James Lowenthal

Light Pollution

Light pollution from downtown Northampton, Massachusetts
Light pollution from downtown Northampton, MA. All the sky glow and all the lights you can see here are a pure waste of energy and money, a menace to public health and safety and quality of life, and a benefit to no one.
Paradise Pond, Smith College, and Orion
Paradise Pond, Smith College, and Orion. Outdoor lighting at Smith is fairly well controlled against glare, resulting in a safe and beautiful campus at night.
Glare from streetlight on Village Hill, Northampton
Glare from poorly designed, overbright, too blue, unshielded streetlights on Village Hill, Northampton.

What is light pollution?

Light pollution is the artificial brightening of the naturally dark night sky due to excessive and poorly designed outdoor lighting.

Why is light pollution a problem?

  • Public health: Light pollution and excessive blue-rich light at night are associated with
    • Suppression of melatonin, an important hormone
    • Disruption of circadian rhythms, or natural sleep cycles
    • Elevated rates of diabetes, obesity, breast cancer, and prostate cancer

    Here is a report from the American Medical Association on the “Human and Environmental Effects of Light Emitting Diode Community Lighting".

  • Public safety
  • Streetlights and other outdoor lights that cast their light widely also cause glare -- unwanted light that shines directly in your eyes. This is dangerous for drivers, pedestrians, and bicyclists. Glare has particularly strong effects on the elderly. Glare is especially strong from LEDs, and especially blue-rich white LEDs. If the light is shining in your eyes, you can't see anything else!

    Lights that are poorly shielded against glare also tend to cause dark shadows that can easily hide intruders.

  • Wildlife
  • All animals -- insects, birds, and mammals including humans -- evolved with a 24-hour day-night cycle. Humans and other diurnal animals need complete darkness to sleep. The feeding, mating, and migration patterns of nocturnal animals can be seriously disrupted by light pollution; some species of birds, turtles, and fireflies are threatened with extinction due largely to light pollution.

  • Energy and climate change
  • Light pollution is pure waste. Billions of dollars per year are spent by US cities and states lighting up the sky, without even meaning to. Generating the electricity to power that light pollution produces millions of tons of CO2 per year, contributing significantly to the nation's total greenhouse gas emissions.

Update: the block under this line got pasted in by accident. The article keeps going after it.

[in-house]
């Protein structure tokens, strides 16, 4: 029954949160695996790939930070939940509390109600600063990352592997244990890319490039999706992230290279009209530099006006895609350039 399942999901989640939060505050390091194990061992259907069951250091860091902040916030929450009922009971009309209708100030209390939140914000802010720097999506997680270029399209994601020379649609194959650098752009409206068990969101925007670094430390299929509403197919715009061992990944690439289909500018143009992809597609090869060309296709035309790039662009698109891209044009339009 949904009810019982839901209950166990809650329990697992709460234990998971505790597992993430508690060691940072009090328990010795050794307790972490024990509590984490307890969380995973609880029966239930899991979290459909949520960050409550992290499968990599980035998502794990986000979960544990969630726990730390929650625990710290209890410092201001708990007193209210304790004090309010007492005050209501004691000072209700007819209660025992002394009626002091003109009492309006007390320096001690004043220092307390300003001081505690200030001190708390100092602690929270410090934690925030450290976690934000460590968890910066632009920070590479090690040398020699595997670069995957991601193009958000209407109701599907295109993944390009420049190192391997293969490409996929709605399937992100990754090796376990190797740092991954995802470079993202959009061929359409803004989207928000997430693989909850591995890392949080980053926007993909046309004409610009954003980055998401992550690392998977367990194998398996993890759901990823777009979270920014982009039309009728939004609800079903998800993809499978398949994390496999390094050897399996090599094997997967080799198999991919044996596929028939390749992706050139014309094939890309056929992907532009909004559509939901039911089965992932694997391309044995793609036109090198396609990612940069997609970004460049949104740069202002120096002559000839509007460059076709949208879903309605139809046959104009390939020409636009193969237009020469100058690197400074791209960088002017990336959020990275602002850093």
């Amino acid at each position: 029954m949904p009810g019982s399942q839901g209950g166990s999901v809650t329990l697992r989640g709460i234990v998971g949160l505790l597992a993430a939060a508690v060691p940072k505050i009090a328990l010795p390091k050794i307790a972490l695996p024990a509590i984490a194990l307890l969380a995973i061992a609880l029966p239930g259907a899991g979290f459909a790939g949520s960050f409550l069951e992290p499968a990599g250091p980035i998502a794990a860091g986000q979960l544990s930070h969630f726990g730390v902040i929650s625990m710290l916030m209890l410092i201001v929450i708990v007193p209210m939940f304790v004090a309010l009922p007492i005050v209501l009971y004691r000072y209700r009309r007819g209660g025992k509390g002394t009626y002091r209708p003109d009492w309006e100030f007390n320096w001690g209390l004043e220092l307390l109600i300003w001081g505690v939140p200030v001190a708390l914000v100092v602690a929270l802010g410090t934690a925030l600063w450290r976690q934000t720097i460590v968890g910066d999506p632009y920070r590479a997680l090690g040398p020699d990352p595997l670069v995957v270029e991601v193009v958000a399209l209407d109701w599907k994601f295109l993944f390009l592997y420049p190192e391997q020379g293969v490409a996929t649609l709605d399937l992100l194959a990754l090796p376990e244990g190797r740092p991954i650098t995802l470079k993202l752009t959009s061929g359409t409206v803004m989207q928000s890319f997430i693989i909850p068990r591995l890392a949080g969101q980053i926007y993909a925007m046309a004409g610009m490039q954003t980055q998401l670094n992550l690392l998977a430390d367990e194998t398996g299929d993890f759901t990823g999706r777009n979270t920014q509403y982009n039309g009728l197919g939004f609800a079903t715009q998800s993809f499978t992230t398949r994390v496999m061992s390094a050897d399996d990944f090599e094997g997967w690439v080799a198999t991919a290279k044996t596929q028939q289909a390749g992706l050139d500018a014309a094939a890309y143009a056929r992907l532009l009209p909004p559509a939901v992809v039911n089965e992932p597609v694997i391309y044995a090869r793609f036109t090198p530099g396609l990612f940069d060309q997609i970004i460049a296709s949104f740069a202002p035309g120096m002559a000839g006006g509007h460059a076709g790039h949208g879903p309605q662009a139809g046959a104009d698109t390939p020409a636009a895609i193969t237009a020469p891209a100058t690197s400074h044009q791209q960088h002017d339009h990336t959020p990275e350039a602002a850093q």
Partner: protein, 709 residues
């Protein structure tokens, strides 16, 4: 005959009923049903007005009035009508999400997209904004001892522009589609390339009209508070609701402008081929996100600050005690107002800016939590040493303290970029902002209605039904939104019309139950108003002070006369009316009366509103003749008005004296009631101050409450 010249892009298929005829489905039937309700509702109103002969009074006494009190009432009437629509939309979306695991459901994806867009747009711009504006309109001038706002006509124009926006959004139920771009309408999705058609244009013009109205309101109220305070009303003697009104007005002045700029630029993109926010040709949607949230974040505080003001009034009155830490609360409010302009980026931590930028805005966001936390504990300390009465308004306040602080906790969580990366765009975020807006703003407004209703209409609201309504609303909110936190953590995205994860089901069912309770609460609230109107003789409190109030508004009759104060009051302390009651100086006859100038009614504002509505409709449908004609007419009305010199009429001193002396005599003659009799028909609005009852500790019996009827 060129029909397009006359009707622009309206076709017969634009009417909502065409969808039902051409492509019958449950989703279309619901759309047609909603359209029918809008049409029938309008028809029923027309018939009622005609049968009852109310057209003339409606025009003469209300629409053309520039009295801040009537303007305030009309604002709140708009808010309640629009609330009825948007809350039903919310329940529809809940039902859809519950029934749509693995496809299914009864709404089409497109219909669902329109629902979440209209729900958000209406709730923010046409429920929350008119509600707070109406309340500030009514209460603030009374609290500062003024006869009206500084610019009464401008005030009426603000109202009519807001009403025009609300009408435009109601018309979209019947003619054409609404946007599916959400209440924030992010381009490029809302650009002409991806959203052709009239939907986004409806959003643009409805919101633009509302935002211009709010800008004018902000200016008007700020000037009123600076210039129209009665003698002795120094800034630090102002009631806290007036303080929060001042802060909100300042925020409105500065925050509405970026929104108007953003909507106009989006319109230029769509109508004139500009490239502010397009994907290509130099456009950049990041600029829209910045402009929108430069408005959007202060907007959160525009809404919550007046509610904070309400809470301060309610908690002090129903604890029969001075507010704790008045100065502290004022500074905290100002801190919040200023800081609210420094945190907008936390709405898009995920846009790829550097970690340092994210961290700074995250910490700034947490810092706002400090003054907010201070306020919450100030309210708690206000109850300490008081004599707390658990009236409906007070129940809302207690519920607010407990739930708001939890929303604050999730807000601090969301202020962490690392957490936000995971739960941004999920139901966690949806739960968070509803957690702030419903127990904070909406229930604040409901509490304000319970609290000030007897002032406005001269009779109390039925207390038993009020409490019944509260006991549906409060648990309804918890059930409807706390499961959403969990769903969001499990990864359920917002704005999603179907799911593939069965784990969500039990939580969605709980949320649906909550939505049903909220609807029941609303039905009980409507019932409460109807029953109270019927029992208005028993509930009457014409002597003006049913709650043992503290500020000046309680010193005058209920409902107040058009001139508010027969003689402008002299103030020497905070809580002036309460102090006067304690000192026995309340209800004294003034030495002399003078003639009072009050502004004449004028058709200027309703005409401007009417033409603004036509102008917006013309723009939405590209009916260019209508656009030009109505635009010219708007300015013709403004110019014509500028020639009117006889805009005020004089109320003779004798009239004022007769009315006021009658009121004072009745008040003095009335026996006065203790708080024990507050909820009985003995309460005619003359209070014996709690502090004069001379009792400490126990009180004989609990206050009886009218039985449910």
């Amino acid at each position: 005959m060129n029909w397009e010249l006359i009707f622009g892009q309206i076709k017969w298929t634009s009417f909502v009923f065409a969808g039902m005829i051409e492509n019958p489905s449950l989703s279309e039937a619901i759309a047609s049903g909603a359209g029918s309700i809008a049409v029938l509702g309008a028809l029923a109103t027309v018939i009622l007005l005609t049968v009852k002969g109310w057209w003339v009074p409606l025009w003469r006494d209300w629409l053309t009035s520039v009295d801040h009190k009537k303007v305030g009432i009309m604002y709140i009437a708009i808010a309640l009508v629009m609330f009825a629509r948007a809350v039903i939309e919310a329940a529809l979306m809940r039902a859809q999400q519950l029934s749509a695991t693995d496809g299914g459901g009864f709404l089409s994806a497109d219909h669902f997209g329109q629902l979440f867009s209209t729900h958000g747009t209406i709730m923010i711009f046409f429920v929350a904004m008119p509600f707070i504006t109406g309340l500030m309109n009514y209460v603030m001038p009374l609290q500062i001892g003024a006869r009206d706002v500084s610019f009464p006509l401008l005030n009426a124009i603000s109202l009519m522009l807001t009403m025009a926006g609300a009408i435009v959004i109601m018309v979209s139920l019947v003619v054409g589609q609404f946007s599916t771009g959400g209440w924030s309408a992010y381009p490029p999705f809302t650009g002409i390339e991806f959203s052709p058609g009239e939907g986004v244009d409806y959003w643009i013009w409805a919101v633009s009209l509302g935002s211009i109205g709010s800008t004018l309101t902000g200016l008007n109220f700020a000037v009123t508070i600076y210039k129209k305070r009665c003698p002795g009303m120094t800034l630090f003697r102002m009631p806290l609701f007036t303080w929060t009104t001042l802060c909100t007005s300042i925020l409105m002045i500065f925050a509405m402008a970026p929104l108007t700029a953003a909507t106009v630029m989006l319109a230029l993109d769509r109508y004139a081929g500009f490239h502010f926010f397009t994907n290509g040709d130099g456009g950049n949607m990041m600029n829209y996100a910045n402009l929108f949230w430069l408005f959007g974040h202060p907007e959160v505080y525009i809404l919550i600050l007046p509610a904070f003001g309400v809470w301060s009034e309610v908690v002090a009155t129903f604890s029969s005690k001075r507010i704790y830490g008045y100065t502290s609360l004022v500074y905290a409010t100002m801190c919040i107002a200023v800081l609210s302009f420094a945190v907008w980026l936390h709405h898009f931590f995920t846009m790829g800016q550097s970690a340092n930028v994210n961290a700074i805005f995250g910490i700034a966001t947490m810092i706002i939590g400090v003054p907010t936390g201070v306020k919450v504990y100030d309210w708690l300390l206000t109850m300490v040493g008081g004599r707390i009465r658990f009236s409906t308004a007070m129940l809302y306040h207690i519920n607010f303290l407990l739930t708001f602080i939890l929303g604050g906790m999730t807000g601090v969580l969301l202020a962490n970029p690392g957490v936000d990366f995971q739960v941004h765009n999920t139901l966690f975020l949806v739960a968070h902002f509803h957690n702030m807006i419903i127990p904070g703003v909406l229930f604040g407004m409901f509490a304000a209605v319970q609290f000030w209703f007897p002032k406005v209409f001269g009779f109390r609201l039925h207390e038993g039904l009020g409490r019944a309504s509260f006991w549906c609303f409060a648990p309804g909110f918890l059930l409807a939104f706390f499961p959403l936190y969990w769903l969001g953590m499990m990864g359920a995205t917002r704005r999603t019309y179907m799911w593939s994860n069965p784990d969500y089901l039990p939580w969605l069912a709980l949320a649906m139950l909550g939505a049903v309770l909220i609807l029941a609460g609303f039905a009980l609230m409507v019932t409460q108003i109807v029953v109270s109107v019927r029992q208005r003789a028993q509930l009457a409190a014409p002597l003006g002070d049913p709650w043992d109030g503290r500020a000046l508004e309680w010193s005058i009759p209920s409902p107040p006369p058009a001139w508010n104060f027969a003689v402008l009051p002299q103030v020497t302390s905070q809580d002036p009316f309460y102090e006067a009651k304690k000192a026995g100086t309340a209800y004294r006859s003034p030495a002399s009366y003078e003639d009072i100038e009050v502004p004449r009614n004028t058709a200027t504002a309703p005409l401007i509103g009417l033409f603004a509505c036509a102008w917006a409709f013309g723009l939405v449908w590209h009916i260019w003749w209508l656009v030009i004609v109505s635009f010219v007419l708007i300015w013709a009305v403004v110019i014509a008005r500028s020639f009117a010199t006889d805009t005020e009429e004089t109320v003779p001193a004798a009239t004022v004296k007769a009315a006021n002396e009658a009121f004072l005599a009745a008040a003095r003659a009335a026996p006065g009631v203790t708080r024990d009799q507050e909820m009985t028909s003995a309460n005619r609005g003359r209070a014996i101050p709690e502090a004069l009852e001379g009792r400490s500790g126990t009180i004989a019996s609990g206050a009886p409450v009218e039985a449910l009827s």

• Historic preservation and quality of life
  • Historic cities and towns like Northampton, MA, founded in 1654, deserve well-designed outdoor lighting that enhances their beauty and charm -- not harsh, over-bright, unshielded, blue-rich white lights that make our downtowns feel like prison yards.

    And we need to see the stars! Most children growing up in the US today have never seen the Milky Way. There is growing concern about "nature deficit disorder," especially among city kids. The starry sky and the Milky Way are a priceless gift of nature that should be accessible to all.

Isn't light pollution a necessary evil to keep our cities safe from crime?

Absolutely not! Bad outdoor lighting -- too bright, too blue, and too spread out -- benefits no one, except maybe criminals who take advantage of dark shadows caused by glare. Decades of scientific research have failed to find a conclusive link between outdoor lighting and crime. Some very brightly-lit cities have terrible crime problems, while other cities with more subdued lighting have low crime rates. To make our cities safer, we don't need more light -- we need better light.

Lighting examples
Lights should go down only, not up or out sideways.
Floodlight Angles
Often, simply aiming floodlights down instead of sideways will improve the quality of light significantly, cut glare, and help your neighbors sleep better, while illuminating your own property better.

What can I do to prevent light pollution?

Follow these four rules of thumb of good outdoor lighting:

  1. The light should be fully shielded against glare, with no light escaping above the horizontal, and ideally no light above 80 degrees from vertical.
  2. The light should be only as bright as needed for safety, and no brighter.
  3. The light should not be too blue -- at most 3000K, and ideally a "warmer" color such as 2700K or even 1800K. 4000K is too blue.
  4. The light should be turned off when it's not needed. For streetlights, this could be after midnight. For parking lots, it could be an hour after the close of business.

Contact your mayor, city councilor, select board, or other elected officials to demand that your city's outdoor lights comply with all four of those rules!

Here's an outdoor lighting audit you can bring to your neighbors or businesses with problem lights (also available in MS Word).

Are there laws governing outdoor lighting?

Yes. For example, Northampton has an ordinance requiring all outdoor lights to be shielded against glare and light trespass, so that no light shines on neighboring properties.

Here is the Model Lighting Ordinance developed by the International Dark-Sky Association and the Illuminating Engineering Society. Bring this to your city's planners if you don't have a good dark-sky ordinance in place.

Good and bad outdoor lighting fixture designs
Good and bad outdoor lighting fixture designs. Read more here.